Funding for the peer instruction program is provided by the College of Science. The money goes back to the peer instructors as stipends. The program (specifically the establishment of Learning Assistants) was supported heavily by former Associate Dean Gina Tempel, who encouraged Pravosudova and Sandstrom to pursue these types of programs with opportunities to attend conferences, webinars, workshops and other forms of professional development pertaining to peer instruction.
“Fortunately, the Dean’s office has been really supportive and has been providing us with supplemental budget to sustain our program for a while now,” Pravosudova said.
The College’s support has been critical to the program. Educational grants are short-term and course structure depends on the long-term support of the College and the University.
A legacy of learning
The program has been around for over a decade and a half, and its impact has been far-reaching.
“It’s a community of learners,” Sandstrom said. “It’s not just biology majors, not just College of Science majors, but it’s bigger than us here, and it’s bigger than this University, because these students are going out and many of them are going to professional school and still write us constantly that this made a difference to them.”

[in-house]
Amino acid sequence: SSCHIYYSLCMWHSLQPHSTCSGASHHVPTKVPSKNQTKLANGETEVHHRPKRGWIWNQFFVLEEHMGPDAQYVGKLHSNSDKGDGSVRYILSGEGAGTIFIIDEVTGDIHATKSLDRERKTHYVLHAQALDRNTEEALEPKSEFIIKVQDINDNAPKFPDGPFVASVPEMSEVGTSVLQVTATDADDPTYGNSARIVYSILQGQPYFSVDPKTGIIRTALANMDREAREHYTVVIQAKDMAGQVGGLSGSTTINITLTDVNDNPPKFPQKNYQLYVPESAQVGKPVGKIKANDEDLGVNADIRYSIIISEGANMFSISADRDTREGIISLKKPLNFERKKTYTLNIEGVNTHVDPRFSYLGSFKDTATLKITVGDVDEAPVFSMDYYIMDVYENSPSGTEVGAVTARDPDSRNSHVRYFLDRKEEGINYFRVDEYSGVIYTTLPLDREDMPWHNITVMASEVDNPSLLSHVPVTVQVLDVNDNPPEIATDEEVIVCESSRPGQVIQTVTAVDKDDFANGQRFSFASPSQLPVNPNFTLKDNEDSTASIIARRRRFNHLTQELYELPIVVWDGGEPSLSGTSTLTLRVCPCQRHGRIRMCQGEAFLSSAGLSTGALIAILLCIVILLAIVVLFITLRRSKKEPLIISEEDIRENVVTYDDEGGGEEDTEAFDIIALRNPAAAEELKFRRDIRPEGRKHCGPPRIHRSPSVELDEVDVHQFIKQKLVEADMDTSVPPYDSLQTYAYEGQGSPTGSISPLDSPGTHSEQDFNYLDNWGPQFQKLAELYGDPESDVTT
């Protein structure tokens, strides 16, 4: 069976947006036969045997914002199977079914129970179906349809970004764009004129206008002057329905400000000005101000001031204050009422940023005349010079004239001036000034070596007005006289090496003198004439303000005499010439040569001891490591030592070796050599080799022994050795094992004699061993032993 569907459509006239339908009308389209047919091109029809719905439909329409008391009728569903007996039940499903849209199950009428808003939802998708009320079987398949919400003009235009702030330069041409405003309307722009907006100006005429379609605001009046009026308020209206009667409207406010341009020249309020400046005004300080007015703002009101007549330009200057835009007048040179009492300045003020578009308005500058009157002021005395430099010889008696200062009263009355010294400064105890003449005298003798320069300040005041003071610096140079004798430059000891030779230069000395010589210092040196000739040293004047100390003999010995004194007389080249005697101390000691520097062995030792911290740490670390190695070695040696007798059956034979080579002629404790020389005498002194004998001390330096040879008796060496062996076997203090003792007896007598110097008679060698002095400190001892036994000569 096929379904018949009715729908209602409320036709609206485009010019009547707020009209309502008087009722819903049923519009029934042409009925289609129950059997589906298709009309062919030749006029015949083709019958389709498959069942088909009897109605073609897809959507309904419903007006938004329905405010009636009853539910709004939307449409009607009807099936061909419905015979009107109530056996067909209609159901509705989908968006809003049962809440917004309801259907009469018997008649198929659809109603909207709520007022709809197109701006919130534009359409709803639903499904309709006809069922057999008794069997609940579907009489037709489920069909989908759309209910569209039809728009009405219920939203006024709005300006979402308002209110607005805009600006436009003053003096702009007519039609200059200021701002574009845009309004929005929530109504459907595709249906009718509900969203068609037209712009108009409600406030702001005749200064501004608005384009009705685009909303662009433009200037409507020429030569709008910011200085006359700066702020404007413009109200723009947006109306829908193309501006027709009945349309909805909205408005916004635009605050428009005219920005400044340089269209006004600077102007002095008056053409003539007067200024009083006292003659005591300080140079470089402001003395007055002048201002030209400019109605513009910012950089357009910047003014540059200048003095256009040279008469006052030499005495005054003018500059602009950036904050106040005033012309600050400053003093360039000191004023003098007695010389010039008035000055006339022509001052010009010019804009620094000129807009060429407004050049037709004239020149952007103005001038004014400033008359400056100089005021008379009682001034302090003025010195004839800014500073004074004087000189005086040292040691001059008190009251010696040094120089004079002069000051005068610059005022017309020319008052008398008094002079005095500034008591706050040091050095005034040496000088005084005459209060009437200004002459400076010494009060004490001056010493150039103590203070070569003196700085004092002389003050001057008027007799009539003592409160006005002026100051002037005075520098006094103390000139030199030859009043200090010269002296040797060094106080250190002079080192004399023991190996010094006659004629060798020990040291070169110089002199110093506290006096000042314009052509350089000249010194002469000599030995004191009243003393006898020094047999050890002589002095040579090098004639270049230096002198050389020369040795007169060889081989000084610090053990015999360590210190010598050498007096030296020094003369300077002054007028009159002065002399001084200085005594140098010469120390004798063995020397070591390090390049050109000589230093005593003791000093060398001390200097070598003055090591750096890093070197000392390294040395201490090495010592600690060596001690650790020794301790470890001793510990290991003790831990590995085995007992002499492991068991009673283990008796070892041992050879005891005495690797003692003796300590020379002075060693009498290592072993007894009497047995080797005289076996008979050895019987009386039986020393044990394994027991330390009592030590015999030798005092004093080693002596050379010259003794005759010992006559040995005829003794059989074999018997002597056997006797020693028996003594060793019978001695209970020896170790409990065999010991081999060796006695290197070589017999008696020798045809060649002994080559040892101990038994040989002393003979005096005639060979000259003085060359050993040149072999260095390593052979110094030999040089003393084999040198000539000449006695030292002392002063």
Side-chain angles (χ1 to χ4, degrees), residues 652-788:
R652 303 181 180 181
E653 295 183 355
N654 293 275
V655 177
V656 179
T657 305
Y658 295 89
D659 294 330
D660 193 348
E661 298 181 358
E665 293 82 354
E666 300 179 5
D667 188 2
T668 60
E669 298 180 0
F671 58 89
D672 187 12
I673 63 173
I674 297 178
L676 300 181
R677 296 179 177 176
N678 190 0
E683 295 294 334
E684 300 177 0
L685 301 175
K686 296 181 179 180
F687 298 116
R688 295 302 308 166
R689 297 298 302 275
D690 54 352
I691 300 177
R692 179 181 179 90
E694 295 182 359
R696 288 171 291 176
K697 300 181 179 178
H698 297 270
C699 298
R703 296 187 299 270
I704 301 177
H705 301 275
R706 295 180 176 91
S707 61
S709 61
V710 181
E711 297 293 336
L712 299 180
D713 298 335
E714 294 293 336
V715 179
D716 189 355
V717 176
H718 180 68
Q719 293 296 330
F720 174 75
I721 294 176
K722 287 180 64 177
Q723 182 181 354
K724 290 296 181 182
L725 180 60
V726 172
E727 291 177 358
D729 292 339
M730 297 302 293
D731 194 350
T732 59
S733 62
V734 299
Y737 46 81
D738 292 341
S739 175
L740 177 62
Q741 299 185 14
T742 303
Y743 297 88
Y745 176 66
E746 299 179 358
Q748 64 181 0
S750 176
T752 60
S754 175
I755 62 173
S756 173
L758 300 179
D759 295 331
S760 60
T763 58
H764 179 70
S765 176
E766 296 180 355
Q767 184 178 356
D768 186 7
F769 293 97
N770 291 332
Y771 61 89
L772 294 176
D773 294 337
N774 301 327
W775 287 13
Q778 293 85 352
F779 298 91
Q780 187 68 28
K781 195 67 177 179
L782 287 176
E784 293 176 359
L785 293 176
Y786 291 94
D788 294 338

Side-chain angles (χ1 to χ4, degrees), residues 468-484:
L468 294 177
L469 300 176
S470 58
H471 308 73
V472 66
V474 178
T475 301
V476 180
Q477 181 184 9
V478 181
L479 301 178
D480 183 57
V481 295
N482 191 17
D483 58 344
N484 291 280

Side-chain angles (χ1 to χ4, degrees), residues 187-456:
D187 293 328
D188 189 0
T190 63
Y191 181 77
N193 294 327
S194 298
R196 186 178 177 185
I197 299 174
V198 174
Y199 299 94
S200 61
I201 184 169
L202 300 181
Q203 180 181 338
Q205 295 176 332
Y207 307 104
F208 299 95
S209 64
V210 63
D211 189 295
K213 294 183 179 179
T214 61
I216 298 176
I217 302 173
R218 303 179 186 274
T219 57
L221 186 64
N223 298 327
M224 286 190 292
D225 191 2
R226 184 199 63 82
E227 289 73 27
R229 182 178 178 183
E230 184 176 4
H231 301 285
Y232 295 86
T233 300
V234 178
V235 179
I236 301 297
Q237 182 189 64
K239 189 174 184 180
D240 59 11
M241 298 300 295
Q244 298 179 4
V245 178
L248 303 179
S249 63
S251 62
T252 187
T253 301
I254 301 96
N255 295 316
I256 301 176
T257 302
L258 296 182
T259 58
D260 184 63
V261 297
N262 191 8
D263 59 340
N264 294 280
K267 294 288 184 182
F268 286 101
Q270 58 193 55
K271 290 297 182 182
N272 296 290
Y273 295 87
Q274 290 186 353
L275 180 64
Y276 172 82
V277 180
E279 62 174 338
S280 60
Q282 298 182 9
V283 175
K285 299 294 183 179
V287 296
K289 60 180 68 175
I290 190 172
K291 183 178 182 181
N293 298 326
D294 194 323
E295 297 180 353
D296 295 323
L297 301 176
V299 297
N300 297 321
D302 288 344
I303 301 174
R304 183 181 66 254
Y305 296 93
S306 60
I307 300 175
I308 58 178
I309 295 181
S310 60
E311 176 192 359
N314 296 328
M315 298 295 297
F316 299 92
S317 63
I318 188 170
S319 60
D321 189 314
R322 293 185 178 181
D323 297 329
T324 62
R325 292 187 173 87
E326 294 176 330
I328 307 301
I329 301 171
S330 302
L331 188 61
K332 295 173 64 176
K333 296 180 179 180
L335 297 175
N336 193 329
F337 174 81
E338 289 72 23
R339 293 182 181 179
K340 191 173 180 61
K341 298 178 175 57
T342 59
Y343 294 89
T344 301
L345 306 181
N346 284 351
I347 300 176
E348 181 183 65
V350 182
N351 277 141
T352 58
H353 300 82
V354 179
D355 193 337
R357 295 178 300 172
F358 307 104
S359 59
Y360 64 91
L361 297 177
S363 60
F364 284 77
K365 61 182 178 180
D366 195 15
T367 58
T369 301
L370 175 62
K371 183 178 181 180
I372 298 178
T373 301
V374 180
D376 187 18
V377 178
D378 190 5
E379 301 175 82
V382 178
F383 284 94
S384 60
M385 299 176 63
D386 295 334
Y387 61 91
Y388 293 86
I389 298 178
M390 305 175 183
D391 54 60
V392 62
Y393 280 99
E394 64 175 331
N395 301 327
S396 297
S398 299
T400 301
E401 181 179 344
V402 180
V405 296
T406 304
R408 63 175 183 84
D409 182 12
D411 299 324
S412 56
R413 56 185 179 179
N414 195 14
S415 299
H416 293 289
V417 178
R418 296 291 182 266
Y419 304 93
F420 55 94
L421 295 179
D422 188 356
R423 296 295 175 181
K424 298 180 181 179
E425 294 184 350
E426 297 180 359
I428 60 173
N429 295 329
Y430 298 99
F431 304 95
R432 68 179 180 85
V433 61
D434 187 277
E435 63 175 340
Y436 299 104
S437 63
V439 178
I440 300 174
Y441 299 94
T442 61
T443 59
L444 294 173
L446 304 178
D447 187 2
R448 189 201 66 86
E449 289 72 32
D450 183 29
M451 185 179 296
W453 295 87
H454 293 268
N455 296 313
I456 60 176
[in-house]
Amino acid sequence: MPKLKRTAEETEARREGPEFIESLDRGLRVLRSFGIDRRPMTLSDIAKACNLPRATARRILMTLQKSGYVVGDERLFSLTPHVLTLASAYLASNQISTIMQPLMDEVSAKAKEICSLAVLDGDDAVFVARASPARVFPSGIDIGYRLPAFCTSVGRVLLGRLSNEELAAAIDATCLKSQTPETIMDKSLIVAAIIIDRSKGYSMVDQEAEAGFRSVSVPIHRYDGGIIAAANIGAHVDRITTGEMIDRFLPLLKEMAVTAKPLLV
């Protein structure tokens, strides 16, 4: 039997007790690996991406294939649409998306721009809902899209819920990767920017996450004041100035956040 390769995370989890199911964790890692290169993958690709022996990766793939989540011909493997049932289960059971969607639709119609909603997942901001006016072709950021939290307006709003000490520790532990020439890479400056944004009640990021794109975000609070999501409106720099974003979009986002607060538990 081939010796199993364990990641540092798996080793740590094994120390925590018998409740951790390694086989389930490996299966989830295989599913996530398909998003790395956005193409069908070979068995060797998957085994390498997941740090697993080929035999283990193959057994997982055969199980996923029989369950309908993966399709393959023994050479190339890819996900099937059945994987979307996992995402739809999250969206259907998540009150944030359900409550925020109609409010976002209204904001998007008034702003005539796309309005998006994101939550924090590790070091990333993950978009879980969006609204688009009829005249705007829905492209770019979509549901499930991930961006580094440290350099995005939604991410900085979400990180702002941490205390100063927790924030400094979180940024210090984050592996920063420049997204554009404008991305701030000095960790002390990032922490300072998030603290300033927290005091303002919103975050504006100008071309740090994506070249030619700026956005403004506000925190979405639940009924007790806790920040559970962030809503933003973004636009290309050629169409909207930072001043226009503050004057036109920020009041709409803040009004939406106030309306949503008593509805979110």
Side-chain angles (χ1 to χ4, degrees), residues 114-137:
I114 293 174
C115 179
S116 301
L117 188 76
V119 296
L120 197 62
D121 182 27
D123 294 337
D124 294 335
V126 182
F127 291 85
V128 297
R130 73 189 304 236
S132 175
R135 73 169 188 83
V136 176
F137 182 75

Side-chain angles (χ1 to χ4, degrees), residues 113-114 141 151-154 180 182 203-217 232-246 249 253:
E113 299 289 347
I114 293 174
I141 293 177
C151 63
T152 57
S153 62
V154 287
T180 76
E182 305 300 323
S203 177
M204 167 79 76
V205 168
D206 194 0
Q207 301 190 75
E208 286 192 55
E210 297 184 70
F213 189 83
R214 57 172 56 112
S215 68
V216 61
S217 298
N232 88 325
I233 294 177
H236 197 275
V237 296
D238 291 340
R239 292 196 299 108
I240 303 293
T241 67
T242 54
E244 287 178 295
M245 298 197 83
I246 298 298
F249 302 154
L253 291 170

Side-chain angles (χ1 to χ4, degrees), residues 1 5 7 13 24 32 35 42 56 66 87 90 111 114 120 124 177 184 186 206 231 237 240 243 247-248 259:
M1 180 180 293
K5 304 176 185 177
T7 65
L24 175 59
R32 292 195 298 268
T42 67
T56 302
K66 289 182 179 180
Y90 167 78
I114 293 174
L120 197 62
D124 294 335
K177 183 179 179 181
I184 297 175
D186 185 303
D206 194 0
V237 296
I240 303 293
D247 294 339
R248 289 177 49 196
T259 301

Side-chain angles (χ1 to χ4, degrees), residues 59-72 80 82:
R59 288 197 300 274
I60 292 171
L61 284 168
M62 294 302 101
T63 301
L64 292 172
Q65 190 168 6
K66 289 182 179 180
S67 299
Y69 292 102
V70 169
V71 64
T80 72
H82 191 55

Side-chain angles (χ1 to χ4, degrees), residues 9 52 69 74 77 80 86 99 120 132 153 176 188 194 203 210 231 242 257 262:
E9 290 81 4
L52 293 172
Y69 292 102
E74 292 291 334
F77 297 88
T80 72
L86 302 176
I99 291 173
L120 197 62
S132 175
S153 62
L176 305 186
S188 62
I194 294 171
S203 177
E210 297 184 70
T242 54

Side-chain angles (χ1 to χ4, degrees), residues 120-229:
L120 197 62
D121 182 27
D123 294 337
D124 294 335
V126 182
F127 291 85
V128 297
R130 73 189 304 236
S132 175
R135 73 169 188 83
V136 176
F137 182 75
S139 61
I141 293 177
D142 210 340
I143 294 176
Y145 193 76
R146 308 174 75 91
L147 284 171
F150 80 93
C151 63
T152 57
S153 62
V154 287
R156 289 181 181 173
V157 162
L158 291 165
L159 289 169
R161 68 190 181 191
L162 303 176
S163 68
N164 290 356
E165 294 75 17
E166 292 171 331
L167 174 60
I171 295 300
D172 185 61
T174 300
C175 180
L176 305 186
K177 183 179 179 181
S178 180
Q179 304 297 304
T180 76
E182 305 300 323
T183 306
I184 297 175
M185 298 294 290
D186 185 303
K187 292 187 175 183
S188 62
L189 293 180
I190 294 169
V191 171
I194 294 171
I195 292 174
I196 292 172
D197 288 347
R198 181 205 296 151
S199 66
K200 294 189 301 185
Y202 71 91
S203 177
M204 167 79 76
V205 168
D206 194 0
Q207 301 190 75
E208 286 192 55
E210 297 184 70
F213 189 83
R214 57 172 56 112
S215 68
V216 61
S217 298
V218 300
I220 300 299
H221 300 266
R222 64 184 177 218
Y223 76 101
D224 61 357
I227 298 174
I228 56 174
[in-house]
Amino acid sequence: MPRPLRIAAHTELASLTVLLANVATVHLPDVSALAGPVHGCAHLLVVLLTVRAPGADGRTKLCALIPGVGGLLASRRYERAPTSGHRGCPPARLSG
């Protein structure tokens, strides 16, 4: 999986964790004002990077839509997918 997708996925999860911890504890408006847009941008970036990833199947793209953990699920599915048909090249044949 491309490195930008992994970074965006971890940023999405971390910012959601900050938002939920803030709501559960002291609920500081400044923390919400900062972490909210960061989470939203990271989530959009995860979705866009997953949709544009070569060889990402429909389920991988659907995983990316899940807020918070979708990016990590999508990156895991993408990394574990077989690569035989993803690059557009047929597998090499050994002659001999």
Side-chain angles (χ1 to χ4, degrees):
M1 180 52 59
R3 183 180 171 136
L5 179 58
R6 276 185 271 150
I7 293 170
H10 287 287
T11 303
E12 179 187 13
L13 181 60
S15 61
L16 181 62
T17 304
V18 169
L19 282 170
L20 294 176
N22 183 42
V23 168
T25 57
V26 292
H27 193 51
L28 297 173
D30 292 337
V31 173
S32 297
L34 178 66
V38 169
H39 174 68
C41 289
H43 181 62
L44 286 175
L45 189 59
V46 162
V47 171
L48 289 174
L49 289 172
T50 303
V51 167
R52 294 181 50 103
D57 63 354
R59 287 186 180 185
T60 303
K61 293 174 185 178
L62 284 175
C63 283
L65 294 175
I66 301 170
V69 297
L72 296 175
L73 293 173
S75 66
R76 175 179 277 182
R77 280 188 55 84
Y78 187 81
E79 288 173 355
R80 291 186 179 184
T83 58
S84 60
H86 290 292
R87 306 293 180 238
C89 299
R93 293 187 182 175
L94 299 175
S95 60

One former student and peer instruction program alumnus who invited Sandstrom to her dissertation defense wrote, “Thank you so much for believing in me and all your initial support, this would not be possible without you. … I cannot thank you enough for your inspiration and being a role model for women in STEM.”
At their spring graduation, four students from the Peer Instructor program got together for a photo. They told Sandstrom that they likely never would have known and become friends with each other if not for the program. Two of those students will be attending UNLV for medical school and dental school.
“They make community,” Sandstrom said.
The professors have had siblings of former peer instructors come through the program, following in their older siblings’ footsteps.
The COVID-19 pandemic impacted the program to an extent, but the motivated peer instructors powered through the chaos and confusion and provided new resources to their peers. Additional resources proved critical for a lot of students whose academic careers were suddenly upended.
“Programs like ours, I feel like that’s what keeps students engaged,” Pravosudova said.